Well-managed playing fields will not only improve the quality of school pitches, but will also improve their usability as pupils enjoy playing on pitches without bumps and bare patches, says Colin Hoskins and Dan Prest from the Institute of Groundsmanship.
Regular planned maintenance is the key to well-managed pitches, and most of the tasks required are carried out on a fairly routine basis from one year to the next. Such forward planning is a key management skill which helps to identify and address issues well in advance of any adverse situation; effectively helping to prevent such occurrences. A maintenance plan is a forward planning tool which aims to predict the type of work that will be required in maintaining a given area, bearing in mind usage rates and weather conditions.
However, it is no good having a maintenance plan if there is no end goal. It’s all very well saying that the aim is to provide a fit-for-purpose playing surface, but what about trying to improve that surface year on year? How can that be done? Most likely you’ll need benchmarks.
Performance Quality Standards (PQS) provide a complete picture of a stated facility (such as a football pitch), with the surface, sub-surface and playing aspects all being clearly defined.
Grass root depth, overall grass coverage, soil type and even the visibility of the lines and ball bounce can be assimilated and measured (with most of the tests being simple enough to be carried out without laboratory-based equipment).
Attaching PQS results to a maintenance plan can give the school’s grounds team (or the contractor) something measurable to achieve through day-to-day maintenance activities. Indeed, the measures can also be used to check to see if money is being wasted on any particular task or product.
Looking good year on year
One of the main criteria within PQS is presentational quality – does the playing surface look good? Presentation is often a very striking aspect to users and other stakeholders, and benchmarks can be set to ensure that the pitch ‘looks’ good year on year. A well-presented playing surface may well be the difference between pupils wanting to use it or preferring another facility.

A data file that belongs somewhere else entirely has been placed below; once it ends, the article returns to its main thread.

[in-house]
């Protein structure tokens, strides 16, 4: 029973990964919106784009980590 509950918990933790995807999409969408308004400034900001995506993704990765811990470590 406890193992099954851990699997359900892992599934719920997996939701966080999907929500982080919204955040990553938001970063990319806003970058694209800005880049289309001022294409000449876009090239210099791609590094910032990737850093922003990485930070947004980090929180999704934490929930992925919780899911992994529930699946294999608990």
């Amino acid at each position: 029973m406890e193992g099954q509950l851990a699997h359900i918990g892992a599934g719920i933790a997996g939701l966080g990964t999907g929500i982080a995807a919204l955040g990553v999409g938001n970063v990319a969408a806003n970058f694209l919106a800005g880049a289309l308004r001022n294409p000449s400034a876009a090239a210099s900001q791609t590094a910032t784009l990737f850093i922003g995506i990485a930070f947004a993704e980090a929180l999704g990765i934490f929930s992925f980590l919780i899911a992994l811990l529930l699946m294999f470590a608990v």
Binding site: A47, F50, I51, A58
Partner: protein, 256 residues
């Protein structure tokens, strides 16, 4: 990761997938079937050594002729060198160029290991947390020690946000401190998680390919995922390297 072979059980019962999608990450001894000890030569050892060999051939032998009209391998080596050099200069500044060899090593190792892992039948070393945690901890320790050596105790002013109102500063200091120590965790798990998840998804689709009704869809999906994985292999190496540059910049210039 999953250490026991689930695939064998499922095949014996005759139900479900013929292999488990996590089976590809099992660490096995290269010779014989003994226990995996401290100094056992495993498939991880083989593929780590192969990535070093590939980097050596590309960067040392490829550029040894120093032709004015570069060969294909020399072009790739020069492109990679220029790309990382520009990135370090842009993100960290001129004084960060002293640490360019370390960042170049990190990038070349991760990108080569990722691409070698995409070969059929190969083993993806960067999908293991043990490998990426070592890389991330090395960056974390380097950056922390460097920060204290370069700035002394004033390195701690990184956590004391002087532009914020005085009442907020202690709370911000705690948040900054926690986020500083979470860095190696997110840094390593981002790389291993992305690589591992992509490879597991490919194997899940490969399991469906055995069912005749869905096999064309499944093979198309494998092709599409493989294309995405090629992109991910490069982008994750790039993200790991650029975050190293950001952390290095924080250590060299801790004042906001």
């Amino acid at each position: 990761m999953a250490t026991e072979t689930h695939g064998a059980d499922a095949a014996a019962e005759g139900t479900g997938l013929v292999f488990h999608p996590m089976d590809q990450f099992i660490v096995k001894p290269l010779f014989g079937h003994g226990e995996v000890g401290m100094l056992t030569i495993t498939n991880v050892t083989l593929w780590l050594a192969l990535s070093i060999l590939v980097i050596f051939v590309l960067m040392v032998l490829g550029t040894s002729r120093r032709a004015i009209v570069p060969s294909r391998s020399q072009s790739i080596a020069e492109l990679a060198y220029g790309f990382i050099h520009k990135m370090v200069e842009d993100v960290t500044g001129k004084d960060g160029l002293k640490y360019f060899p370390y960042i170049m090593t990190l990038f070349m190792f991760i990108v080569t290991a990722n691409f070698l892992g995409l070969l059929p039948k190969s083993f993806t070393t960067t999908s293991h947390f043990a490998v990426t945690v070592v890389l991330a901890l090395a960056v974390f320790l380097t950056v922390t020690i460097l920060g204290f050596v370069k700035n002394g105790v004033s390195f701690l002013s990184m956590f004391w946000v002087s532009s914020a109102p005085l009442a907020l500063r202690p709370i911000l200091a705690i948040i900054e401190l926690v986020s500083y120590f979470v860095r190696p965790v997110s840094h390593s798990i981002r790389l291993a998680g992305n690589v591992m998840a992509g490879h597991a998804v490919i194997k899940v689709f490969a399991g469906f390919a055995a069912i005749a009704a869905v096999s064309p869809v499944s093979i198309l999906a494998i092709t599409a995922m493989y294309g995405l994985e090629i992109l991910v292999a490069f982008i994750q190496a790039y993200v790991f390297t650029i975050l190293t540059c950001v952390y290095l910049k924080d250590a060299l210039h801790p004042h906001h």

PQS is one of the key aspects of the £1.3 million Grounds and Natural Turf Improvement Programme (GaNTIP), an initiative designed to raise the standards of sports surfaces as well as the understanding of sports turf management practices among those who manage and maintain them.
Funded by the IOG, the England and Wales Cricket Board (ECB), The Football Association (The FA), the Rugby Football League (RFL) and Sport England, and led by the Institute of Groundsmanship (IOG), the programme is headed by national manager Jason Booth, formerly head groundsman at Leeds Rugby.
He leads a team of turf care expert regional pitch advisors who provide support services, training and education to grassroots sites while also managing the development of pitch performance standards through reporting and advising on grounds improvements. “The GaNTIP team has made steady progress in raising the much-needed awareness of pitch maintenance and its importance to all sports – especially at grassroots level,” he says.
In addition to the RFL’s initial emphasis on Tier 3 level clubs, The FA has focused on raising awareness of pitch maintenance while also offering support to clubs that are going through asset transfer from local authorities that simply can no longer maintain facilities. Also, The FA has already provided significant investment to clubs with machinery being supplied to a number of sites, and this will continue with the help of GaNTIP.